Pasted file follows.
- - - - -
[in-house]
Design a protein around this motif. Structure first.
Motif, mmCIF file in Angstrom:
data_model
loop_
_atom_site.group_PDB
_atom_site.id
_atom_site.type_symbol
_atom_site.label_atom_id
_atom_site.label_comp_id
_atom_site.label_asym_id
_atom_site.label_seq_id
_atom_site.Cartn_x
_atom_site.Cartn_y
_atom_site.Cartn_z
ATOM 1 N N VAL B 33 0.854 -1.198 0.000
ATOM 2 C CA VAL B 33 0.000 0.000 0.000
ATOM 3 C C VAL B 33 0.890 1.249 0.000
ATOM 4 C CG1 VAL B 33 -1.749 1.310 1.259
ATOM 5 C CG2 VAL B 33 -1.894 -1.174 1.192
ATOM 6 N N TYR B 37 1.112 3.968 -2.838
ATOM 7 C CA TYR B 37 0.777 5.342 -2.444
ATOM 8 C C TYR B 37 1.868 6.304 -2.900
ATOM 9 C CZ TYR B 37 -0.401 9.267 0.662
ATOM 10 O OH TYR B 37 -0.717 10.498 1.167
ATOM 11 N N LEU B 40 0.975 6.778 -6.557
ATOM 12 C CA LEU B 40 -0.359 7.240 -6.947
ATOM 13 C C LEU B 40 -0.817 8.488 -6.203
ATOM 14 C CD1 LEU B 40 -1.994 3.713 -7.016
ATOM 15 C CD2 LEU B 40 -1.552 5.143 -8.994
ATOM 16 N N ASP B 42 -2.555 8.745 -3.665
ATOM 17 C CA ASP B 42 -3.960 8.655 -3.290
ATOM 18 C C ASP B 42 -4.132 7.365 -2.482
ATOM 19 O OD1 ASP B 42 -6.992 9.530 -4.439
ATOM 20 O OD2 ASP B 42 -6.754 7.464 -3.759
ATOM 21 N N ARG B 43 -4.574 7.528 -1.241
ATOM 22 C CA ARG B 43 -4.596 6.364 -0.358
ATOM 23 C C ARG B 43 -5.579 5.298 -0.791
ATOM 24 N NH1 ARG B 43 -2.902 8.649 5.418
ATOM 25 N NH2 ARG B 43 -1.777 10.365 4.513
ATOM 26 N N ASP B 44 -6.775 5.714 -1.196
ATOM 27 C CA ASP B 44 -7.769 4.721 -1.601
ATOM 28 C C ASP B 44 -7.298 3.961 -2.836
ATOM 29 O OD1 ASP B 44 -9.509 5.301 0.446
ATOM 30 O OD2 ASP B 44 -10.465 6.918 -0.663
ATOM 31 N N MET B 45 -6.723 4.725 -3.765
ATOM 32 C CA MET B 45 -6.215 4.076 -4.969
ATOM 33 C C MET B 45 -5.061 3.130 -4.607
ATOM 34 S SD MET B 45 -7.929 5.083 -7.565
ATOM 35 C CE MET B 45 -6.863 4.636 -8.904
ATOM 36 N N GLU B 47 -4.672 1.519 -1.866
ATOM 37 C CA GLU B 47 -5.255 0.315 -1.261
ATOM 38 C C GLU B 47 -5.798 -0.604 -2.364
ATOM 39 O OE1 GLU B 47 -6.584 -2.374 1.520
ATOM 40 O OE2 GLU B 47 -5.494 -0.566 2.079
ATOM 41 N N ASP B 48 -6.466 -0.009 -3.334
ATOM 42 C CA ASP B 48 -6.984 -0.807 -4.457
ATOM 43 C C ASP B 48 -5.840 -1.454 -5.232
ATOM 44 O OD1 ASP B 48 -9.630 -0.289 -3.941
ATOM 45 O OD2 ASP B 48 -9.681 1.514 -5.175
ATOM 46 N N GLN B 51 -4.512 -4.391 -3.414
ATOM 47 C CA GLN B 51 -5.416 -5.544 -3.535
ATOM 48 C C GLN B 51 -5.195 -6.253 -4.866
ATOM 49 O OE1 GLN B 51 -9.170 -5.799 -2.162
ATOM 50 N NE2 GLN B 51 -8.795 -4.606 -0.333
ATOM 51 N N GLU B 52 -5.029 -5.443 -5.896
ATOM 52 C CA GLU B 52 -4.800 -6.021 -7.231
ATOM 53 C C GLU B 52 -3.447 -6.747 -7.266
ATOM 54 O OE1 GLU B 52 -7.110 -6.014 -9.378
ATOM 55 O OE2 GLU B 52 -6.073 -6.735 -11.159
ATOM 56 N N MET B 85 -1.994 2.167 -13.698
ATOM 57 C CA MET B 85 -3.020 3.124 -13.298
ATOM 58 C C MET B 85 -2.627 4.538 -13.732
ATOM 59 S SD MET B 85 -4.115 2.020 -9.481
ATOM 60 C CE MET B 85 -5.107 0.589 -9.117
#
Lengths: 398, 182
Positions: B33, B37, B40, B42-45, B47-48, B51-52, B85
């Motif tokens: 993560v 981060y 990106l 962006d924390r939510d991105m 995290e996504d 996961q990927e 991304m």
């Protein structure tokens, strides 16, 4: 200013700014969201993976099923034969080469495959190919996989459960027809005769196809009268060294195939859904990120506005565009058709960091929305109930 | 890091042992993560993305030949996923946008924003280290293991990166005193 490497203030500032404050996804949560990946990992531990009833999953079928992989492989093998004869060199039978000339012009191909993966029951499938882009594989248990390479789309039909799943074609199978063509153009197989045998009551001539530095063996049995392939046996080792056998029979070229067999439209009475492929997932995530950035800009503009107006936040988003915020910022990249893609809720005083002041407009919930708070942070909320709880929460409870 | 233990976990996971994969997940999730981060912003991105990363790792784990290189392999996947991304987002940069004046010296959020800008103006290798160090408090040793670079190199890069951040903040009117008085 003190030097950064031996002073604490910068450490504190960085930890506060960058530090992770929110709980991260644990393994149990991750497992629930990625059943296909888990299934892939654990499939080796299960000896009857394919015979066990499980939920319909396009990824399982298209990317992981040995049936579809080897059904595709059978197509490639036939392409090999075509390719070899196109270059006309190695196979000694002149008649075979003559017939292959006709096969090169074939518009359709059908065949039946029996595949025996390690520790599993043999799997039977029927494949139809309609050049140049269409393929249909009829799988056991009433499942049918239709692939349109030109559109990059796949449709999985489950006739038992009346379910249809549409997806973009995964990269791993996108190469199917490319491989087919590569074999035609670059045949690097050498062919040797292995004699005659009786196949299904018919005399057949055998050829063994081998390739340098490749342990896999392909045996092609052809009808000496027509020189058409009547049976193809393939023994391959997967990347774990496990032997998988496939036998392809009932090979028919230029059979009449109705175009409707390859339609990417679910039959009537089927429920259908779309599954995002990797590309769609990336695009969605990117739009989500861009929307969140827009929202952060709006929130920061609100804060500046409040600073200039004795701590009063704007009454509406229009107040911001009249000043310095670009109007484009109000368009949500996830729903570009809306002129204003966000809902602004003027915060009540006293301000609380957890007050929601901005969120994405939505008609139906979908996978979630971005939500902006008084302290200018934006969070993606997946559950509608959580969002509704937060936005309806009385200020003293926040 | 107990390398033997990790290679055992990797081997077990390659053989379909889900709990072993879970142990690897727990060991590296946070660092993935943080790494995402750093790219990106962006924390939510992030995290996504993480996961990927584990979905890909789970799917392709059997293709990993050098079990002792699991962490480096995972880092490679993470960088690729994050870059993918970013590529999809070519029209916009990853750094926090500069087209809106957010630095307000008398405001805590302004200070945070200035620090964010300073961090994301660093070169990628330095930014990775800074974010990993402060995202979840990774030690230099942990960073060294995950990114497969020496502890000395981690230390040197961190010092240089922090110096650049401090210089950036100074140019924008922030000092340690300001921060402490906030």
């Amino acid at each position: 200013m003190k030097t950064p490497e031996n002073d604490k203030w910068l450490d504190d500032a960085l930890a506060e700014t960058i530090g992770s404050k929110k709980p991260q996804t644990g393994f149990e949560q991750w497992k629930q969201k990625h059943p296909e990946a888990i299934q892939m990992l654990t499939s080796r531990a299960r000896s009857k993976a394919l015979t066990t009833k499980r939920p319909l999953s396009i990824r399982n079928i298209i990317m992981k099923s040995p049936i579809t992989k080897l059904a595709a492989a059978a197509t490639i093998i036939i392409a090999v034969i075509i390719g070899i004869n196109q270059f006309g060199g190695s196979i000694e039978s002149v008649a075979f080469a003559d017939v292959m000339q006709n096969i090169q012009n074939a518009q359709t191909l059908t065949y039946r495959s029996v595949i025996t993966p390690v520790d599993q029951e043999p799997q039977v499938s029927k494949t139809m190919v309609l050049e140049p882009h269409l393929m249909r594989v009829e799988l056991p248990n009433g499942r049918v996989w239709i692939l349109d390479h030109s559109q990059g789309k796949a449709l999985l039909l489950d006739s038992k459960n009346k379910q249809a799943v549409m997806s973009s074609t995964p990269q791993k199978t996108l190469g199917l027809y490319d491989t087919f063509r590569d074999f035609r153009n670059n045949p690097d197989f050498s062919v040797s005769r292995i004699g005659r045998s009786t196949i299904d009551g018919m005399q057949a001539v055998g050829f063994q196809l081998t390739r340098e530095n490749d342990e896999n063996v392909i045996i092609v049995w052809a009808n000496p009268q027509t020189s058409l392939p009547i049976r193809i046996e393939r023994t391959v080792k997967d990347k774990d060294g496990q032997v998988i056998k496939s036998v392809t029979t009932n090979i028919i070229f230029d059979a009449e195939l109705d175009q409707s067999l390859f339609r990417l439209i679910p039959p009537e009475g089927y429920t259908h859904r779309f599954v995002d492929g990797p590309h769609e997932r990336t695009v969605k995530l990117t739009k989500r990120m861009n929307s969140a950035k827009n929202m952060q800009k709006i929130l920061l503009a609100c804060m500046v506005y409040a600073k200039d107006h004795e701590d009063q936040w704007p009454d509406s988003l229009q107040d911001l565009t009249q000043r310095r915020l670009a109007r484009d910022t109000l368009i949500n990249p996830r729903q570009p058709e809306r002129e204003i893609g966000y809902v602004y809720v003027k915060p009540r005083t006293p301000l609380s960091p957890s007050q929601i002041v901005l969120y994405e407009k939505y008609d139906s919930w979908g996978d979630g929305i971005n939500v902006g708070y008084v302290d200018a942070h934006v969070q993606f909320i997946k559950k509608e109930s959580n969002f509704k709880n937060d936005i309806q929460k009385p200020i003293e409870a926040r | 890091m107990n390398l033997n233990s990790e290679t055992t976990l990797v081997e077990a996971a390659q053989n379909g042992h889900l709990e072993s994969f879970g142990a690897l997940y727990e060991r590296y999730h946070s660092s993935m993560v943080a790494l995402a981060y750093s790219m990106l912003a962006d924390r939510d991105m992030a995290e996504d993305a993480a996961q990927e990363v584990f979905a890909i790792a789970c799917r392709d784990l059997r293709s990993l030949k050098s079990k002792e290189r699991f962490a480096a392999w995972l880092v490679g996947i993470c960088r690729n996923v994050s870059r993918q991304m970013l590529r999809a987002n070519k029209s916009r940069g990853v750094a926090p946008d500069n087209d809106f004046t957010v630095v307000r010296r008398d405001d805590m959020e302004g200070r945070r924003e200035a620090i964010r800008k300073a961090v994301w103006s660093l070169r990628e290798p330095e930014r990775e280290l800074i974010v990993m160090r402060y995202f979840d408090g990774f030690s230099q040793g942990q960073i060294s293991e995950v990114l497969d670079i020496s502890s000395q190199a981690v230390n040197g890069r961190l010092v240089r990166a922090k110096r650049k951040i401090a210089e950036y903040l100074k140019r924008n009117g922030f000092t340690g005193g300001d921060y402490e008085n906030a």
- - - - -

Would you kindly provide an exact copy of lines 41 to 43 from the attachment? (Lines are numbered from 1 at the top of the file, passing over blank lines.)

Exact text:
ATOM 26 N N ASP B 44 -6.775 5.714 -1.196
ATOM 27 C CA ASP B 44 -7.769 4.721 -1.601
ATOM 28 C C ASP B 44 -7.298 3.961 -2.836